Title: Leichty, J.
Source text: The Medical and Surgical History of the War of the Rebellion. (1861-65.), Part 3, Volume 2 (Washington, DC: Government Printing Office, 1883), 447.
Civil War Washington ID: med.d2e18643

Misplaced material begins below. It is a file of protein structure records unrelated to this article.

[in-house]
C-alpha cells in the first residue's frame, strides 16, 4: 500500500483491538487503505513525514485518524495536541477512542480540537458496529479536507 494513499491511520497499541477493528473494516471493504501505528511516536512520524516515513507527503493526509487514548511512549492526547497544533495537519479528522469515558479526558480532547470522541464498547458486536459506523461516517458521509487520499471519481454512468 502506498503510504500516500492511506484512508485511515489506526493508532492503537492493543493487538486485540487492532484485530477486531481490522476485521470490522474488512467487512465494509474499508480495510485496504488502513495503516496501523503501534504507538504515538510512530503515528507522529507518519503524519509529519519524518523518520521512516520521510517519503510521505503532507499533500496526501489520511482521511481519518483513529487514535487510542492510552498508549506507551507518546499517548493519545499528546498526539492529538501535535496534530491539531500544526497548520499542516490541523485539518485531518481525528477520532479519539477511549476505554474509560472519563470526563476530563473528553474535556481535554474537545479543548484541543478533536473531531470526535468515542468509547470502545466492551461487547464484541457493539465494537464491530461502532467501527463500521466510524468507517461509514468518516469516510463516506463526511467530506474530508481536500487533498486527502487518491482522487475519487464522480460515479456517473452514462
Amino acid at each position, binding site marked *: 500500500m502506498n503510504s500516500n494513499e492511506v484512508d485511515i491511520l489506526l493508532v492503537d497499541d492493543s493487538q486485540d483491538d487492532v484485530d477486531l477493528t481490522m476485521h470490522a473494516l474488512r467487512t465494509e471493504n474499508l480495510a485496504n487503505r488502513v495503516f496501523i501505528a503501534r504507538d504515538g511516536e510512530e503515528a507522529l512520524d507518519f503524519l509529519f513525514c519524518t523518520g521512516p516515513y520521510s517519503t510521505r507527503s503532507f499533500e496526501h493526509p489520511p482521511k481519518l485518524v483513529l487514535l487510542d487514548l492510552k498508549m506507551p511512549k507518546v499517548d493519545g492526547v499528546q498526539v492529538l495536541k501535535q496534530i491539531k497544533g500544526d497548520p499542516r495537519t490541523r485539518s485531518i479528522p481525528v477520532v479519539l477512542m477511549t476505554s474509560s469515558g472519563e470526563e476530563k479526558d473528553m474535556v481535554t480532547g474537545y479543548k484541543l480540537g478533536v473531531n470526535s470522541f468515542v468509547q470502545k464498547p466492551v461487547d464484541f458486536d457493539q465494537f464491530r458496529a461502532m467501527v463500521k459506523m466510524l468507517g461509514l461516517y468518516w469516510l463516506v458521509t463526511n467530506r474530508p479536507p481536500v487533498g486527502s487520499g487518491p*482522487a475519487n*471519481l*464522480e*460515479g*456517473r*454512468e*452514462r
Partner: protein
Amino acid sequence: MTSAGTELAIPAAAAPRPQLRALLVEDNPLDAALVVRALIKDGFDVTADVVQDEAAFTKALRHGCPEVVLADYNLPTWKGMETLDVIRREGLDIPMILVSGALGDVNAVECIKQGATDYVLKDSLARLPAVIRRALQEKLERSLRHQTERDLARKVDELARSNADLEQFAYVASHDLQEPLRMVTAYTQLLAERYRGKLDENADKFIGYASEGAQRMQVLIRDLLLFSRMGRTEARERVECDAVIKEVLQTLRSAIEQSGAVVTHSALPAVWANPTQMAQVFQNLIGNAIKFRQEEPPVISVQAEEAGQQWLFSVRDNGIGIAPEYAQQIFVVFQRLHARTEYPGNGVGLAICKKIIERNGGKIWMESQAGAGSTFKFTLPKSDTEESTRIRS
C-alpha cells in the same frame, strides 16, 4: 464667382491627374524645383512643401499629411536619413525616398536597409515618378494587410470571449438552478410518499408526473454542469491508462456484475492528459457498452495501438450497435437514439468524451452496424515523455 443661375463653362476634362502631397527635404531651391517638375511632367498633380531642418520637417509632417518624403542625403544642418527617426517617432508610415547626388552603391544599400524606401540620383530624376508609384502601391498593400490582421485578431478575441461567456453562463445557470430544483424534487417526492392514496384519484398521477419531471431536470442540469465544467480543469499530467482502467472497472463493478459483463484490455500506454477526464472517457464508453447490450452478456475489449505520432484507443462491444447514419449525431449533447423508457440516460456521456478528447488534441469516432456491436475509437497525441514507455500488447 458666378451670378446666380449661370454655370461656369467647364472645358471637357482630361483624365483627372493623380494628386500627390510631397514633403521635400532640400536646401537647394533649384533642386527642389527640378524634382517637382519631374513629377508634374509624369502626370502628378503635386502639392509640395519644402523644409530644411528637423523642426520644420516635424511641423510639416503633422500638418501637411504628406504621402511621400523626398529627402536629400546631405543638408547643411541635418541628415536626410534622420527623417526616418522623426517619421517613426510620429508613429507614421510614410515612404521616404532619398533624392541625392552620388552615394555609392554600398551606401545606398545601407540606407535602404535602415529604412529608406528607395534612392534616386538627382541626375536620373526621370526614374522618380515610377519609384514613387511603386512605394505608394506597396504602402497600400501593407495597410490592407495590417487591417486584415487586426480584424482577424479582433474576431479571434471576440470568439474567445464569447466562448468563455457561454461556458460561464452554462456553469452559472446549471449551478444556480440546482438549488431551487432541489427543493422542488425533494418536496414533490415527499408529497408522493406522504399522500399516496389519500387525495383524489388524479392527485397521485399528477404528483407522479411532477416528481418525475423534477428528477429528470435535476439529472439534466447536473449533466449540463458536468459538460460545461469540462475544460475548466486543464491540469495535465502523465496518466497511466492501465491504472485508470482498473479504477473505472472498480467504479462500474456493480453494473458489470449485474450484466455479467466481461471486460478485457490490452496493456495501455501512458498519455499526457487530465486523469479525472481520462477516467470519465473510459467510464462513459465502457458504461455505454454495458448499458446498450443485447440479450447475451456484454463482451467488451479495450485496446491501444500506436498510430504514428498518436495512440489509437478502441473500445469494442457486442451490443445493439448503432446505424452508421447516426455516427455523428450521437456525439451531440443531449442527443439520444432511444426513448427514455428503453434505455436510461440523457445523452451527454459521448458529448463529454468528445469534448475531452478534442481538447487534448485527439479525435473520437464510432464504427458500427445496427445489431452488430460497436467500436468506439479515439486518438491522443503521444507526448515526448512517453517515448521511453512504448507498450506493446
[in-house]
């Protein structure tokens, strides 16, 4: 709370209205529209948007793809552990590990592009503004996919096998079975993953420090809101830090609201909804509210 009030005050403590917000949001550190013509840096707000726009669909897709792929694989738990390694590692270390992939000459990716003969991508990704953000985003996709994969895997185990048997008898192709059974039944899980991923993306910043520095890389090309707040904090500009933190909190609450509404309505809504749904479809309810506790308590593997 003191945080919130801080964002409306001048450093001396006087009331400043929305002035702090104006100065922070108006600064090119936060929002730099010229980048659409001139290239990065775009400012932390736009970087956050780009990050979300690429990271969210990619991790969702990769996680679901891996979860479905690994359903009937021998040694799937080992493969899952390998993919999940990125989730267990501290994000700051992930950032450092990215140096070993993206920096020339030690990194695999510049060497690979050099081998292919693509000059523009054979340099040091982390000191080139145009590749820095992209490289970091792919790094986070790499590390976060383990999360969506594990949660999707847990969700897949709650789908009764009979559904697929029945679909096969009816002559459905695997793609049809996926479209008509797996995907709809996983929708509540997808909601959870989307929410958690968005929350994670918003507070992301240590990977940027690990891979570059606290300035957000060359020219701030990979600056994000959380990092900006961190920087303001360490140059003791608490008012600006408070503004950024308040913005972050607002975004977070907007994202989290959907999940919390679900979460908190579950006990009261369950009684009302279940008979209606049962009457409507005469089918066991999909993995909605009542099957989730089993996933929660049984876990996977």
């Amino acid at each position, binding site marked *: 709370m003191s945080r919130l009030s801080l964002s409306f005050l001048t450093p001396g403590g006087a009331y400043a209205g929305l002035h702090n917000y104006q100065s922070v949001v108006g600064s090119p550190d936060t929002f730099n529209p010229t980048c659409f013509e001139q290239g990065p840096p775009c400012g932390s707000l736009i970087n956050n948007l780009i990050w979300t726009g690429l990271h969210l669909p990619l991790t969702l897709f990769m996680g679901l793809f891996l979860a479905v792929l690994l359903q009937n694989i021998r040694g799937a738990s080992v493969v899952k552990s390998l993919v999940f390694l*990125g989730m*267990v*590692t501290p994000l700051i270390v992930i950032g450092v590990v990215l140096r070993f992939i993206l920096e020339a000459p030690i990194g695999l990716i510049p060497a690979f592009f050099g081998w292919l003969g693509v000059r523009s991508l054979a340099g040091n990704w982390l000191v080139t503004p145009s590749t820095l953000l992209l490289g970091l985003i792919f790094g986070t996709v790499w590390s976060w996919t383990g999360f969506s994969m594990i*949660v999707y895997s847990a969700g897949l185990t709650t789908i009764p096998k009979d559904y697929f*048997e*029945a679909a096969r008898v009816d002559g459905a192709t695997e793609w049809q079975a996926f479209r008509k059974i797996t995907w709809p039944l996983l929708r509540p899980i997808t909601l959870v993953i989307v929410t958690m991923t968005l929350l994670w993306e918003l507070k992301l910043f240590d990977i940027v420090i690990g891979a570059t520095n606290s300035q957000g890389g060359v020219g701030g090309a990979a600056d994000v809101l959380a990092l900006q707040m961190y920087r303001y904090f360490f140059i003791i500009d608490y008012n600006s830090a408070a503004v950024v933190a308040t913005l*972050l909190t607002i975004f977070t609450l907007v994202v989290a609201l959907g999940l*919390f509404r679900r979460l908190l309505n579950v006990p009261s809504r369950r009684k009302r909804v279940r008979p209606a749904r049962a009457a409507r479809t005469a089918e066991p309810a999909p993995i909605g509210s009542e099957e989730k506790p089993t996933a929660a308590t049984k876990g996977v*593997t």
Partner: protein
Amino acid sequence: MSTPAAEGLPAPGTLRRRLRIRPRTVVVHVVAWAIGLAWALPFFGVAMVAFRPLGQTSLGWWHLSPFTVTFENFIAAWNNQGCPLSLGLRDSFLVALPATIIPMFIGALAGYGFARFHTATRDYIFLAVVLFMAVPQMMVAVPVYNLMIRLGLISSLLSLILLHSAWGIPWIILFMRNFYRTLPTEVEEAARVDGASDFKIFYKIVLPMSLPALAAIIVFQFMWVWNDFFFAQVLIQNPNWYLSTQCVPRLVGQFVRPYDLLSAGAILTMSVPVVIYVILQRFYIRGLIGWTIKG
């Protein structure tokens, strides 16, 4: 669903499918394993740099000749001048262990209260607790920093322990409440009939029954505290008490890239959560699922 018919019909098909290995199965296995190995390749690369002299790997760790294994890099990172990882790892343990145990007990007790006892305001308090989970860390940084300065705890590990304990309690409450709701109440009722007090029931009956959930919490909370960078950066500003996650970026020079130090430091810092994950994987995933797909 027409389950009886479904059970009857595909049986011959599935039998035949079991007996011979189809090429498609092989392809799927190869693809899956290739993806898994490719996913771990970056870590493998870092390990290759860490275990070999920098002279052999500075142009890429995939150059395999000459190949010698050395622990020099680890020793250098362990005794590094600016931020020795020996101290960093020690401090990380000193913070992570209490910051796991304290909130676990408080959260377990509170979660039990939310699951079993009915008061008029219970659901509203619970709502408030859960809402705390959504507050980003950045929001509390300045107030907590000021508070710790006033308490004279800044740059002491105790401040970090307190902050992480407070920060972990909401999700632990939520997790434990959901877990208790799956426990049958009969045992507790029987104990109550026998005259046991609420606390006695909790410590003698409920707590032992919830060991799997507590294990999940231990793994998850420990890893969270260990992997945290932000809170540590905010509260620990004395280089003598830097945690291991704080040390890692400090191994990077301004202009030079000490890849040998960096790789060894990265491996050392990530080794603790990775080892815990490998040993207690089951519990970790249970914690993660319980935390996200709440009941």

CASE 708.—Private J. Leichty, Co. F, 8th Pennsylvania Reserves, aged 21 years, received a shot fracture of the fibula of the left leg, at Spottsylvania, May 11, 1864. Surgeon L. W. Read, U. S. V., reported that he was admitted to the field hospital of the 3d division, Fifth Corps, where "resection was performed by Surgeon T. Jones, 8th Pennsylvania Reserves." Assistant Surgeon A. Ingram, U. S. A., contributed the following history: "The wounded man entered Judiciary Square Hospital, Washington, May 18th. About six inches of the injured fibula had been excised on the field. Secondary hæmorrhage occurred from the posterior tibial artery to the amount of thirty-two ounces, when the vessel was ligated in the wound. By June 14th the patient was progressing well. Cold-water dressings were used, and milk punch and a supporting treatment was administered." The patient was subsequently transferred to hospital at Alexandria, whence he was discharged from service January 11, 1865, and pensioned. Examining Surgeon J. McCullock, of Huntingdon, Pennsylvania, April 18, 1867, described the wound, and added that the "leg has sloughed largely and discharged a number of pieces of bone, the last one about three weeks ago. Since that time the wound has healed; tendons back of knee contracted; walks lame; wound painful," etc. Examiner A. B. Brumbaugh reported, in 1877, that, as a result of the resection, "The foot cannot be planted even, as it would turn outward from the want of fibular support, and he has to keep his shoe blocked up accordingly to support the foot. The toes of the left foot tend to turn downward, like hooks, from injury to the nerves and muscles. The leg is not quite but almost useless for all purposes of manual labor." The pensioner was paid March 4, 1880.